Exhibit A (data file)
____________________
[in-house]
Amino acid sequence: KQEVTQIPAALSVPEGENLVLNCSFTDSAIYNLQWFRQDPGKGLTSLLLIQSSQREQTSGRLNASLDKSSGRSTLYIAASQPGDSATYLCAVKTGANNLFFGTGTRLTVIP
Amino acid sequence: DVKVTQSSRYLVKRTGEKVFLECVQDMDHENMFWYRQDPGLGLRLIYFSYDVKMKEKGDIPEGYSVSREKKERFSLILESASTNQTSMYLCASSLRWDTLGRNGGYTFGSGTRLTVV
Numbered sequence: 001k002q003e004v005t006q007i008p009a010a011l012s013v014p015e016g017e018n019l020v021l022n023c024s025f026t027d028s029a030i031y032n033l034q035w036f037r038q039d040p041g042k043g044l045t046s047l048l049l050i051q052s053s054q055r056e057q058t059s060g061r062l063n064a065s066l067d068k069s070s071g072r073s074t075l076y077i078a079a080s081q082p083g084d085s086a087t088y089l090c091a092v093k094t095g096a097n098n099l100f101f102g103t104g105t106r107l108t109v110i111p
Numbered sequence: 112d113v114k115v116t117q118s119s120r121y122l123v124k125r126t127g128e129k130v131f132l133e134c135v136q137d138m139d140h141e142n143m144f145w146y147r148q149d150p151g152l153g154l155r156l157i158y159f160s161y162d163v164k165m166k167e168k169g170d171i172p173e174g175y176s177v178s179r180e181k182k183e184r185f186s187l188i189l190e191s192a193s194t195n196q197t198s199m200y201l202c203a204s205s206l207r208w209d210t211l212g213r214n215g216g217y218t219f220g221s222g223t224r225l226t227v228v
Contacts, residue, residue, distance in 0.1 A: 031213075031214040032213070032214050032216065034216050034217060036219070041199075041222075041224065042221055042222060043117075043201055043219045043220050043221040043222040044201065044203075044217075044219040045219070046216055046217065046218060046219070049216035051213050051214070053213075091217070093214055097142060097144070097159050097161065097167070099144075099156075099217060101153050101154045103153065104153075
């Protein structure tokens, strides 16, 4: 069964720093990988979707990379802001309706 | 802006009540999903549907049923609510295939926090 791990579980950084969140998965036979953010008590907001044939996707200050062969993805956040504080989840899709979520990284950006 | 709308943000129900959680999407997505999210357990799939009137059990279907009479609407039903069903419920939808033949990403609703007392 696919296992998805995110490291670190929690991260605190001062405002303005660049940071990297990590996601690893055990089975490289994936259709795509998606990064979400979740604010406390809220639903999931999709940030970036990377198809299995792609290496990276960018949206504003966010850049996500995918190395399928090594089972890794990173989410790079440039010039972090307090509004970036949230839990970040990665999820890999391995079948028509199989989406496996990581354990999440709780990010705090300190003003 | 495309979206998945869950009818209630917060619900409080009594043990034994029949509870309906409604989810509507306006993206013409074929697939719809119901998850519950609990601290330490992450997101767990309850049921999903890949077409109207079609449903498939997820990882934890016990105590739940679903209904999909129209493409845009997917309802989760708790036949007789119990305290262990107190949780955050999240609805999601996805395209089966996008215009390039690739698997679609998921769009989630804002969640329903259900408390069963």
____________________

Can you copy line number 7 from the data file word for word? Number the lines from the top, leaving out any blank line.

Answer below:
């Protein structure tokens, strides 16, 4: 069964720093990988979707990379802001309706 | 802006009540999903549907049923609510295939926090 791990579980950084969140998965036979953010008590907001044939996707200050062969993805956040504080989840899709979520990284950006 | 709308943000129900959680999407997505999210357990799939009137059990279907009479609407039903069903419920939808033949990403609703007392 696919296992998805995110490291670190929690991260605190001062405002303005660049940071990297990590996601690893055990089975490289994936259709795509998606990064979400979740604010406390809220639903999931999709940030970036990377198809299995792609290496990276960018949206504003966010850049996500995918190395399928090594089972890794990173989410790079440039010039972090307090509004970036949230839990970040990665999820890999391995079948028509199989989406496996990581354990999440709780990010705090300190003003 | 495309979206998945869950009818209630917060619900409080009594043990034994029949509870309906409604989810509507306006993206013409074929697939719809119901998850519950609990601290330490992450997101767990309850049921999903890949077409109207079609449903498939997820990882934890016990105590739940679903209904999909129209493409845009997917309802989760708790036949007789119990305290262990107190949780955050999240609805999601996805395209089966996008215009390039690739698997679609998921769009989630804002969640329903259900408390069963």